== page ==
Zephaniah, the ninth of the twelve minor prophets, is a rarely quoted text in the daily lectionary. Thus, it is a memorable moment when we read a message like the joyful one that is the first reading for today. Listen:
Shout for joy, O daughter Zion! Sing joyfully, O Israel! Be glad and exult with all your heart, O daughter Jerusalem…Fear not, O Zion, be not discouraged! The Lord, your God, is in your midst. He will rejoice with you with gladness and renew you in his love. He will sing joyfully because of you…
It was significant today for me to read such an account of emotional experiences as I had just spent a heartfelt half-hour reading about families and other groups that have been spending this weekend re-connecting with loved ones. All across our country people are gathering in celebration of the incipient end of the pandemic. One after another, families and friends tell of the joy they have experienced upon spending time with one another. The stories are full of hugs, kisses, laughter and new stories from over the past year when such behaviors were not allowed. Love was the over-arching theme and the possibility of actually touching one another seemed almost miraculous. All of it gave credence to the second reading for this day from Paul’s letter to the Romans. We would do well to take his words to heart:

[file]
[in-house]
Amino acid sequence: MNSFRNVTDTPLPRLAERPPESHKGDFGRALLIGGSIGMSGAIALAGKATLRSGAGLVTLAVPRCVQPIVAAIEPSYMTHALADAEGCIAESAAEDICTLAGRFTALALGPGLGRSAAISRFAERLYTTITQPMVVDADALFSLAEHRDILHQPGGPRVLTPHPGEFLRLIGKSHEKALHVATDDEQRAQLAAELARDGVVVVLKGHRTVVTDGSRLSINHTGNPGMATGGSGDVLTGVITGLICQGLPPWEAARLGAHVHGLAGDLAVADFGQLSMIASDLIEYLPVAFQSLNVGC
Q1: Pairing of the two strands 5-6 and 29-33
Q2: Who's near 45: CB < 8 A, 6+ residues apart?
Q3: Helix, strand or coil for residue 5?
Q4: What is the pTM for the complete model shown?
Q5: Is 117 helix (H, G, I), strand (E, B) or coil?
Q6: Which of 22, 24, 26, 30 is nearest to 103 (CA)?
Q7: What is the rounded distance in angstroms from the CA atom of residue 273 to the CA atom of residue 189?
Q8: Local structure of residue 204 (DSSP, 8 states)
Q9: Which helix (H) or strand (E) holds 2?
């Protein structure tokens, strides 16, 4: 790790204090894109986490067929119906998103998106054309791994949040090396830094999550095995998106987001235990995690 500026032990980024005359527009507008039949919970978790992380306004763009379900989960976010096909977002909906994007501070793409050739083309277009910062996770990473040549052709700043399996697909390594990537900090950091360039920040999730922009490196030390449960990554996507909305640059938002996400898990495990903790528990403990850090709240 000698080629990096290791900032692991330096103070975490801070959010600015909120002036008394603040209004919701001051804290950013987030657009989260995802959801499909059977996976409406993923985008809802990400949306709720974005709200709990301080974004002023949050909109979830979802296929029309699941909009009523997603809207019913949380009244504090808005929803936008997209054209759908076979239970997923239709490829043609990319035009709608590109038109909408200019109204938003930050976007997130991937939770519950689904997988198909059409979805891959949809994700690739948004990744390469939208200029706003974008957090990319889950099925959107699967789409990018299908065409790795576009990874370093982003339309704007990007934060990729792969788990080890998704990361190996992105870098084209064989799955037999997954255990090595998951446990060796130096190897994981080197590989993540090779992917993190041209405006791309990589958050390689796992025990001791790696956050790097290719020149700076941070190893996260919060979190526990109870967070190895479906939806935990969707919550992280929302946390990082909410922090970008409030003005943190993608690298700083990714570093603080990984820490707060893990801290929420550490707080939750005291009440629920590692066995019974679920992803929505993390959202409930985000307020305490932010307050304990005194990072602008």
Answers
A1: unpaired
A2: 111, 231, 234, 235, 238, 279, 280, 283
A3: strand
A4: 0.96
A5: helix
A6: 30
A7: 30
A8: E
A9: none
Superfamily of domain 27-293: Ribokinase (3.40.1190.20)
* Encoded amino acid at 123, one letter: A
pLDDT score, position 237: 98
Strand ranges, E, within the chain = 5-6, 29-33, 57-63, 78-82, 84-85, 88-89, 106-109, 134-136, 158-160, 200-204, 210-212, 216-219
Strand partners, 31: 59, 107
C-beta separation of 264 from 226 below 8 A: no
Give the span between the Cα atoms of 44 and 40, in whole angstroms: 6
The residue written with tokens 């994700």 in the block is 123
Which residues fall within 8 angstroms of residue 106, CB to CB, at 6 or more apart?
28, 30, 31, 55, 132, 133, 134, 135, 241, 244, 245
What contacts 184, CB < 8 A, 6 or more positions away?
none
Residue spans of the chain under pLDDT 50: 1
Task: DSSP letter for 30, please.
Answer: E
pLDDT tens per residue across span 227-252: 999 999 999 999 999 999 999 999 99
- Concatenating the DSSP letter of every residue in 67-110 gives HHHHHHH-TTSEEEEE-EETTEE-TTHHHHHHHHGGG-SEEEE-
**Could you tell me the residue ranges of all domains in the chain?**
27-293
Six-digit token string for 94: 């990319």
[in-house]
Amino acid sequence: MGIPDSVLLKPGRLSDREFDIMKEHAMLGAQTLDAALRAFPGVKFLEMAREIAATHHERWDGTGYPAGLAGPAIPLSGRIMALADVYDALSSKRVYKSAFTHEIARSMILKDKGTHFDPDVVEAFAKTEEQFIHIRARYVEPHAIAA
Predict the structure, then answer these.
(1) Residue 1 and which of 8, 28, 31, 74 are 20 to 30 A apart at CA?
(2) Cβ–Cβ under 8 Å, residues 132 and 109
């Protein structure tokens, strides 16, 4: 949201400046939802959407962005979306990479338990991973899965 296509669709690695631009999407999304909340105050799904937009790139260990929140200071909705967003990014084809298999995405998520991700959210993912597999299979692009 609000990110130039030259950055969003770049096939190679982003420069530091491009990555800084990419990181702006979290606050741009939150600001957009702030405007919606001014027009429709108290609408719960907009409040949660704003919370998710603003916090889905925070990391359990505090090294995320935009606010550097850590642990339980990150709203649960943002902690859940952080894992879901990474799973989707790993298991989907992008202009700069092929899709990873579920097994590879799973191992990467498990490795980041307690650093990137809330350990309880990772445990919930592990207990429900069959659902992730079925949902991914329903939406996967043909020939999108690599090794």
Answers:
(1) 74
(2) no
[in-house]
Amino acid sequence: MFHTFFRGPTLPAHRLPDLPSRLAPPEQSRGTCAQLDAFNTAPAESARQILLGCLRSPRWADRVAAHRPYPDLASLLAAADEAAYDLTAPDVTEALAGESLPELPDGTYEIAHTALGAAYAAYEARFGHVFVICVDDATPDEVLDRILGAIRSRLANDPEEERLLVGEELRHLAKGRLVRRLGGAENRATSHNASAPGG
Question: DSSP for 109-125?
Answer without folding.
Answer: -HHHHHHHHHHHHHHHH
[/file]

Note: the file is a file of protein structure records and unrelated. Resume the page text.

Brothers and sisters: Let love be sincere; hate what is evil, hold on to what is good; love one another with mutual affection; anticipate one another in showing honor. Rejoice in hope, endure in affliction, persevere in prayer. Contribute to the needs of the holy ones, exercise hospitality…
Above and beyond all that, there was the consummate example of love and hospitality—my favorite in the entire gospel (at least today…) where Mary “went in haste” to her cousin Elizabeth. Mary was a pregnant teenager seriously needing solace and she found it in Elizabeth (undoubtedly held tightly in her arms). How similar are some of today’s stories to Mary’s, how needy are we all of comfort after the past sixteen months!
May we find joy in the Lord as Zephaniah did, camaraderie as Paul and the early followers of Jesus did, and comfort at the possible end to the pandemic as Mary did in the person of her relative. And may we all remember on this Memorial Day to thank God for all the good that has been done for us.